Who Was Charlotte E. Ray?

On her 166th birthday, we take a look at the life of the first female African-American attorney.
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Catherine McHugh
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On her 166th birthday, we take a look at the life of the first female African-American attorney.
Charlotte E. Rae Drawing

A drawing of Charlotte E. Ray, who graduated from Howard University School of Law in 1872. (Image: Unknown artist [Public domain], via Wikimedia Commons)

As the first woman admitted to practice law in the District of Columbia and the first African-American woman certified as a lawyer in the United States, civil and women’s rights activist and teacher Charlotte E. Ray truly earned her place in history.

She was born in New York City on January 13, 1850, to Charles Bennett Ray and Charlotte Augusta Burroughs Ray.  Charles was a minister at New York's Bethesda Congregational Church, and editor of the Colored American, an abolitionist newspaper. Charlotte was also an anti-slavery activist who worked with her husband to help escaped slaves travel north to freedom on the Underground Railroad. They had seven children in total (although two passed away as teenagers) and worked to ensure that all of their children graduated from college, which was a highly unusual achievement for a black family in the 19th century.

In the mid 1860s, Ray moved to Washington, D.C. to attend the Institution for the Education of Colored Youth, which was one of the few schools where African Americans could obtain an academic education. After completing her studies at age 19 in 1869, she taught classes at Howard University's Normal and Preparatory Department, which trained students to become elementary school teachers and prepared them for classes in the collegiate department.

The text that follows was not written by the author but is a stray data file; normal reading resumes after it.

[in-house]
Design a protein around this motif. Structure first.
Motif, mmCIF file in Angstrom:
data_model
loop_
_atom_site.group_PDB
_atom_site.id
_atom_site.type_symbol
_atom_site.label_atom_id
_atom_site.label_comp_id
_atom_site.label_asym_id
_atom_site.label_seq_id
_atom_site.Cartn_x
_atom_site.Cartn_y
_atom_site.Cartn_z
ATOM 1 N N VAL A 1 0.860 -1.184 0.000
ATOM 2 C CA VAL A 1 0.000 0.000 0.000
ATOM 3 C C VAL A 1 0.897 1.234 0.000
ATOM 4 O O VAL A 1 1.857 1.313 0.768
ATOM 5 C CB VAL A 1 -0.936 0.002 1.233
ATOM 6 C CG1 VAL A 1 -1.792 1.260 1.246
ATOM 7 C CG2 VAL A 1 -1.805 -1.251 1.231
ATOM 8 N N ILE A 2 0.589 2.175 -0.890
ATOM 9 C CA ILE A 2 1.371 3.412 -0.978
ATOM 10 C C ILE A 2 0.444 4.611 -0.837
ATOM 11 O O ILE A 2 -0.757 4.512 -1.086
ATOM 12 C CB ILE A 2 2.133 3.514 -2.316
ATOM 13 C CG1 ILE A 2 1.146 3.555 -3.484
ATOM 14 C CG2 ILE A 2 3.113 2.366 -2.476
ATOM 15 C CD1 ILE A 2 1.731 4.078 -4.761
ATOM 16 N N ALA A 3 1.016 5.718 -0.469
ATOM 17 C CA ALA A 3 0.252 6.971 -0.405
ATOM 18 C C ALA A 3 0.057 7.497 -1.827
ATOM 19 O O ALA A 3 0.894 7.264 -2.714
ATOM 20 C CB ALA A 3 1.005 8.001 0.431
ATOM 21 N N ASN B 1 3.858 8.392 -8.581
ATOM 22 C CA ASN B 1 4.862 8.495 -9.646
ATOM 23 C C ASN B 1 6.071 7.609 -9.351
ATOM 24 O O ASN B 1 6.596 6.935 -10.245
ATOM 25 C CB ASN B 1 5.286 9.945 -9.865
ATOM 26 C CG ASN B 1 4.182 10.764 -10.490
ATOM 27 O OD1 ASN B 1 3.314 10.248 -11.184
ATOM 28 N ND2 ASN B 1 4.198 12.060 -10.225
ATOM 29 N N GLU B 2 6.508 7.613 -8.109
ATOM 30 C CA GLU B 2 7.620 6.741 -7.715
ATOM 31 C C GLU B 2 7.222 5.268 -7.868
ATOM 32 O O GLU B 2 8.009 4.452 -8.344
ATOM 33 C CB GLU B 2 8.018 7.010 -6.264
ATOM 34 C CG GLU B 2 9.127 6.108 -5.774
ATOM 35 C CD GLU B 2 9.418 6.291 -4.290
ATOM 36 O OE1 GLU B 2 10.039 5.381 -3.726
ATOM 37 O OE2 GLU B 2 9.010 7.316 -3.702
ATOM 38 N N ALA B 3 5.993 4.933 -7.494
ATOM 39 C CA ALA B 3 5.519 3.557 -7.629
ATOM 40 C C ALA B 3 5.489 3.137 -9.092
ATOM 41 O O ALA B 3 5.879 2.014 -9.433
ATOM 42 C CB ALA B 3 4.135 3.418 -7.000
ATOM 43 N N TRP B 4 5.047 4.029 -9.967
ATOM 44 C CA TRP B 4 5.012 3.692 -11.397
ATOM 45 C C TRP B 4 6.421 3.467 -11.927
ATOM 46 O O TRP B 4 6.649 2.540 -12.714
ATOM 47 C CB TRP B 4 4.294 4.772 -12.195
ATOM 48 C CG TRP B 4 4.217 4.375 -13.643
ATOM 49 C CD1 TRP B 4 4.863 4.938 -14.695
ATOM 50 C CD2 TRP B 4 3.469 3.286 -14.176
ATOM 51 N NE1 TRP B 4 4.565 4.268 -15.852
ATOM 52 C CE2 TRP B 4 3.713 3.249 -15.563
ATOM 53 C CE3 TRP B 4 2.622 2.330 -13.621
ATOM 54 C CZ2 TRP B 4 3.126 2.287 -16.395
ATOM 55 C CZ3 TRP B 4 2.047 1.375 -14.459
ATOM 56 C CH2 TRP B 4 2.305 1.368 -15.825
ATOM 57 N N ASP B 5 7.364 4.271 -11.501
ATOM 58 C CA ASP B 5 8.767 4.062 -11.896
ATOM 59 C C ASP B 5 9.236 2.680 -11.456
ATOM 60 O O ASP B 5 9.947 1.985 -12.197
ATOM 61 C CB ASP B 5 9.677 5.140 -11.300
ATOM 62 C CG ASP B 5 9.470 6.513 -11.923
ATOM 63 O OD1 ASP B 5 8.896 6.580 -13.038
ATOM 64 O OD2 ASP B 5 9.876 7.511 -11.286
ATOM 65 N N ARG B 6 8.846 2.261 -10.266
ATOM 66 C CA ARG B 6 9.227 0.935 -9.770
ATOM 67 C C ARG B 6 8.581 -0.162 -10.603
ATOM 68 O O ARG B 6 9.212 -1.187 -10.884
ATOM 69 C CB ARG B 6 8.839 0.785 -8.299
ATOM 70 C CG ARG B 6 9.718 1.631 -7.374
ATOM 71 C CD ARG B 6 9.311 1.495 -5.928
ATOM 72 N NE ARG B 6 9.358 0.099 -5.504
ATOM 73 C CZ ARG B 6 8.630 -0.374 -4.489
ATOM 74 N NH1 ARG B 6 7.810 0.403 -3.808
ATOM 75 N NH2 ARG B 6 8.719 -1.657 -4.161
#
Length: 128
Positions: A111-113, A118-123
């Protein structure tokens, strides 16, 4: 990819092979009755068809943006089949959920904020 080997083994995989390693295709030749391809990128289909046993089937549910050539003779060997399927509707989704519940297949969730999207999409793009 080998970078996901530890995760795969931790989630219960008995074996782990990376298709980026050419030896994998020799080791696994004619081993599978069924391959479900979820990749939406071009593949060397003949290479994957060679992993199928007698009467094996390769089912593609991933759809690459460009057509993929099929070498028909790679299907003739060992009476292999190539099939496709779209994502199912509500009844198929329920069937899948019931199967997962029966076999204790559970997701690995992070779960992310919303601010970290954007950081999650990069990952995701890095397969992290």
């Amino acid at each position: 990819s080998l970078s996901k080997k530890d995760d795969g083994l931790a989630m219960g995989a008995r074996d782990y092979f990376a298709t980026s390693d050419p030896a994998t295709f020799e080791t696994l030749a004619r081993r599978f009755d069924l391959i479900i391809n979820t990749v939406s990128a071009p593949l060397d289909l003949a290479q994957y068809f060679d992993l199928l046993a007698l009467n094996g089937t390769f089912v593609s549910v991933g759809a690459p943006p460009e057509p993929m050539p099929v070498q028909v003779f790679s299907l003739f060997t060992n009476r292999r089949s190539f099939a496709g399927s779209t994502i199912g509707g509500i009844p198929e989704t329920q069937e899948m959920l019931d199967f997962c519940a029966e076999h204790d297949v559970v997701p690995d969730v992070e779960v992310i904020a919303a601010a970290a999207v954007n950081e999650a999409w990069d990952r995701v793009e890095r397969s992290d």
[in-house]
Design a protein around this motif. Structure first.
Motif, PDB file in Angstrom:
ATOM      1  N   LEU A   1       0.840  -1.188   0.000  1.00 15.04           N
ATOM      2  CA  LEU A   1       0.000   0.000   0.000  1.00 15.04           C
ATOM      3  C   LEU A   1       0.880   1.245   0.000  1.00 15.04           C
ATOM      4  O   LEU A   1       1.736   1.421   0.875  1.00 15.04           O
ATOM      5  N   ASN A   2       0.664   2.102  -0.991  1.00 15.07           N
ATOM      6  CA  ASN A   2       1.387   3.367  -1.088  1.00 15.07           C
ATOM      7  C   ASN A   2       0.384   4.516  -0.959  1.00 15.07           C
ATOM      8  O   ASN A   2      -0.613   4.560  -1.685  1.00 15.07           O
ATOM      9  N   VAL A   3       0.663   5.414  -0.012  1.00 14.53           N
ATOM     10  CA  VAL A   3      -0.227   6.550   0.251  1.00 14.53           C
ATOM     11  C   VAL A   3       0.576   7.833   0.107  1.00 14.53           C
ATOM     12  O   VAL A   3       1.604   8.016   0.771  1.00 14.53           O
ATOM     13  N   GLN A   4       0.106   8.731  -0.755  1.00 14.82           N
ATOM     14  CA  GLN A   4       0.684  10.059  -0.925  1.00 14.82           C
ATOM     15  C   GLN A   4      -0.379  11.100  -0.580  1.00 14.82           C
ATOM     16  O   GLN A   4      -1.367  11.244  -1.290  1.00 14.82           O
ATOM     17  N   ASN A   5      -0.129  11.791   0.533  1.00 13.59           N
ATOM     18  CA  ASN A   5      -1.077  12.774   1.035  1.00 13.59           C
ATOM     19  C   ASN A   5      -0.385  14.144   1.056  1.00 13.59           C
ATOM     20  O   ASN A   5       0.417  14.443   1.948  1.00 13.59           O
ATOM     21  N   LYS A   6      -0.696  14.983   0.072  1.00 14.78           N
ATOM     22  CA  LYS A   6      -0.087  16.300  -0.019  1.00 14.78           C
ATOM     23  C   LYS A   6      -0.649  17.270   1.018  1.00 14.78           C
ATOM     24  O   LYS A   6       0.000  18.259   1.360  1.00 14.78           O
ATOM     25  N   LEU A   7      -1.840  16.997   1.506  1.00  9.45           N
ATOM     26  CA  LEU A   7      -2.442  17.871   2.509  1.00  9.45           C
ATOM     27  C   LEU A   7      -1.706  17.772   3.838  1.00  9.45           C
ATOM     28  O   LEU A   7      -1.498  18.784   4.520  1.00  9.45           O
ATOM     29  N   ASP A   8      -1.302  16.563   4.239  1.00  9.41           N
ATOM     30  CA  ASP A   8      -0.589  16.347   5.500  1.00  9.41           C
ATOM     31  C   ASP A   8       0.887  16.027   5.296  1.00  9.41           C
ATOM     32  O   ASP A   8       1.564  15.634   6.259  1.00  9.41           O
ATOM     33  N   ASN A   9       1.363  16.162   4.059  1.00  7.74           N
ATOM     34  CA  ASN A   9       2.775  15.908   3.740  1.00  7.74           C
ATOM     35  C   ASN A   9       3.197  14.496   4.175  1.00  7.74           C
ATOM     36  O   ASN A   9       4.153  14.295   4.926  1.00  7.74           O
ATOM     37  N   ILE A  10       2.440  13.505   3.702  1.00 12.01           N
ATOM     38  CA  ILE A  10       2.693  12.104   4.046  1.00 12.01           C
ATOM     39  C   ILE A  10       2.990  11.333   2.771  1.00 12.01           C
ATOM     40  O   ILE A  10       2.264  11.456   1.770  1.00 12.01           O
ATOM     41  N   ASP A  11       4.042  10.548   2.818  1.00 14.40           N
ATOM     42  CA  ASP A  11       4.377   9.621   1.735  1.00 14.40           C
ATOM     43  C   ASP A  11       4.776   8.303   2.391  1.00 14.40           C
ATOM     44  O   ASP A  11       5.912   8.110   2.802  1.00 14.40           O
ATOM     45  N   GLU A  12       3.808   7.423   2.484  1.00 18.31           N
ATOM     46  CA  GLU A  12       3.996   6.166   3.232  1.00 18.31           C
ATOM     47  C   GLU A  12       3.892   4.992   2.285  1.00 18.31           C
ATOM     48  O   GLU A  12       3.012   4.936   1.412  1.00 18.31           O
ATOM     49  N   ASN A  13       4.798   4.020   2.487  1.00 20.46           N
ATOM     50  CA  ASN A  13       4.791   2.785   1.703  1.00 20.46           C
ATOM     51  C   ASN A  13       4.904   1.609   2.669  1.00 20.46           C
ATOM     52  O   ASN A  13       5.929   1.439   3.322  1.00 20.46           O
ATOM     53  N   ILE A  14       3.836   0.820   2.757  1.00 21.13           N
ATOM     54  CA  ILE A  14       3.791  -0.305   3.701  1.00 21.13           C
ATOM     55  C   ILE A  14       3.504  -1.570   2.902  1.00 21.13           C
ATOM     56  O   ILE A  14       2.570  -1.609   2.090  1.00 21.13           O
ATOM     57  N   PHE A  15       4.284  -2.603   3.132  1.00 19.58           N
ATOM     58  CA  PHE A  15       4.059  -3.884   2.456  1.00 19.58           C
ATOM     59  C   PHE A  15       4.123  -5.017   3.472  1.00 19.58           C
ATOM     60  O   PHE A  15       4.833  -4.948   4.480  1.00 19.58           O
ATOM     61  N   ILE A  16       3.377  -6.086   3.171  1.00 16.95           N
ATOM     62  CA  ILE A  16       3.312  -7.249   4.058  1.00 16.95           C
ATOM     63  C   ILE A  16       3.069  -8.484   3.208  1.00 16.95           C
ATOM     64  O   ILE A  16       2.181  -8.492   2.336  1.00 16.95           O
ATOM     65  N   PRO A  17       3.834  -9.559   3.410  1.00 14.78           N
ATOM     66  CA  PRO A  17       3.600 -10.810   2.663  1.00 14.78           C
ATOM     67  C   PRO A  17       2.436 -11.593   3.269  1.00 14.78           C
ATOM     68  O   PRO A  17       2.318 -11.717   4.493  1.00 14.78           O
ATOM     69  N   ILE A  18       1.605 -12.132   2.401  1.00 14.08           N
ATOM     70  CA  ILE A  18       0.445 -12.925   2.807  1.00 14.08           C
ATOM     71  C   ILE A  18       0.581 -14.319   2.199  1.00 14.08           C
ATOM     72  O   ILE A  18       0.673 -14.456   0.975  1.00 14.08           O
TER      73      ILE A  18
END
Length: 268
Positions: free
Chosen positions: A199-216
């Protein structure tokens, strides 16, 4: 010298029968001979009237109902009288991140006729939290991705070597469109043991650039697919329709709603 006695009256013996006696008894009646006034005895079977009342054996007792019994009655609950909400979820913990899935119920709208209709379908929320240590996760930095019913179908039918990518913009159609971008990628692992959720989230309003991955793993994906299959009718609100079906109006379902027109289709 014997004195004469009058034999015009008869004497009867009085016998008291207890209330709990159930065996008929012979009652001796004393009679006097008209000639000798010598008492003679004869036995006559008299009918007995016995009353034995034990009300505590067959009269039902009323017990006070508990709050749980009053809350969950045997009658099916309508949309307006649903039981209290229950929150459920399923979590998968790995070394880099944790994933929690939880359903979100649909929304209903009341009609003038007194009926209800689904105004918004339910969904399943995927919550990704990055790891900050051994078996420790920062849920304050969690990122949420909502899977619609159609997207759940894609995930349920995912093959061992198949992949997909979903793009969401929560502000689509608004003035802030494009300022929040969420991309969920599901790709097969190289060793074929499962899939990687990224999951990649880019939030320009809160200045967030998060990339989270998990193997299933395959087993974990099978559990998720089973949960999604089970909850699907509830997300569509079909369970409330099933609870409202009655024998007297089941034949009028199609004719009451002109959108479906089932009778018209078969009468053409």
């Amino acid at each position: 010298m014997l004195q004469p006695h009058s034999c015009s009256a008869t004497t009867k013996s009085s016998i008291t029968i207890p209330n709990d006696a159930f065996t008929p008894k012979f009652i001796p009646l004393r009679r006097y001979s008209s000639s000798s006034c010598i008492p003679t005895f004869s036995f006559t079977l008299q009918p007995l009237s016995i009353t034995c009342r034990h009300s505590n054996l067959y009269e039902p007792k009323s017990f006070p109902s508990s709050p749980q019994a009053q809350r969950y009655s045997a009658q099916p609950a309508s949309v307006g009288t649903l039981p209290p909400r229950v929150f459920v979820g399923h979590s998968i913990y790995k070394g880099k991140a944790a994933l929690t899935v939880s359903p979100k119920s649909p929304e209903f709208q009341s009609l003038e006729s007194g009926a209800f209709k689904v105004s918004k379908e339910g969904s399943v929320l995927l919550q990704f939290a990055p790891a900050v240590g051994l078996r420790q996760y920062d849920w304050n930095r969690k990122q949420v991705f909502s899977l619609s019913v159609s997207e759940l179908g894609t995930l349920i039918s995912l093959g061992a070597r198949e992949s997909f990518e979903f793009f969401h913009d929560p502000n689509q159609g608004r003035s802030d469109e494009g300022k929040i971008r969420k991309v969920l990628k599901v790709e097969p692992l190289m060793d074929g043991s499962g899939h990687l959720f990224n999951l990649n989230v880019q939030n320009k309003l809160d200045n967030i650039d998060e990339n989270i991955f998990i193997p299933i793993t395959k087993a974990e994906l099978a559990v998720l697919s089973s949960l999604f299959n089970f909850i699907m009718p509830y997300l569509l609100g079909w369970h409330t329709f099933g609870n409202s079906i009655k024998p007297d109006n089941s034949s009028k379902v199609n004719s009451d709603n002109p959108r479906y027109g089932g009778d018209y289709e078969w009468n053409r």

Ambitious Goals

Dissatisfied with teaching, Ray applied to the university's law school under the name “C.E. Ray” to disguise her gender. University officials reluctantly accepted her application and she attended classes while continuing to teach in the Preparatory and Normal Department. From 1869 to 1872, Ray pursued a demanding course of study, impressing her fellow students and teachers with her quick grasp of legal complexities. 

She concentrated on studying commercial law and became the first black woman to graduate from an American law school and receive a law degree. She became the third American woman of any race to complete law school. Ray achieved another first when on April 23, 1872 she was admitted to the bar in the District of Columbia, which had recently removed the word "male" from its requirements.

Accounts from those who knew, worked and studied with Ray note her legal knowledge, intelligence and skill. Though she earned the respect of many of her colleagues and capably argued many cases, her gender and color prevented her from building a career as a lawyer. A nationwide economic depression also made it a difficult time to start a new business. After trying for several years to establish a legal practice, Ray was forced to give up. In 1879, she returned to New York, where she joined two of her sisters who were working as teachers in the Brooklyn public school system.

Groundbreaking Achievements

Despite her thwarted legal career, Ray's groundbreaking achievements paved the way for other women and people of color to enter the law and other professions that had once been reserved for white men only. Ray specialized in business law and became highly regarded as an expert in the legal issues of corporations. Her academic skill was recognized by her membership in the prestigious academic society, Phi Beta Kappa. 

As an advocate for women's suffrage, Ray was a delegate to the 1876 conference of the National Woman’s Suffrage Association. In 1895, she joined the newly formed National Association of Colored Women. 

Little is known about Ray's personal life after she returned to New York. In 1886, at the age of 36, she married a man named Fraim but it is not clear how long the marriage lasted. There were no children. She died in Woodside, New York from a severe case of bronchitis on January 4, 1911.

Impressive Legacy

Though Ray had only a short career as an attorney, her life still represents an enormous triumph. As the first African-American woman lawyer, and one of the first women lawyers in the nation, Ray opened a door for all the women of color who would come after her. To salute her achievement, the Greater Washington Area Chapter of the Women Lawyers Division of the National Bar Association recognized Ray's contribution to the legal profession in 1989, when it established an annual "Charlotte Ray Award," to honor outstanding African-American women lawyers in the Washington area. Kirra L. Jarratt, Executive Director of the D.C. Bar Foundation, was 2015’s award recipient.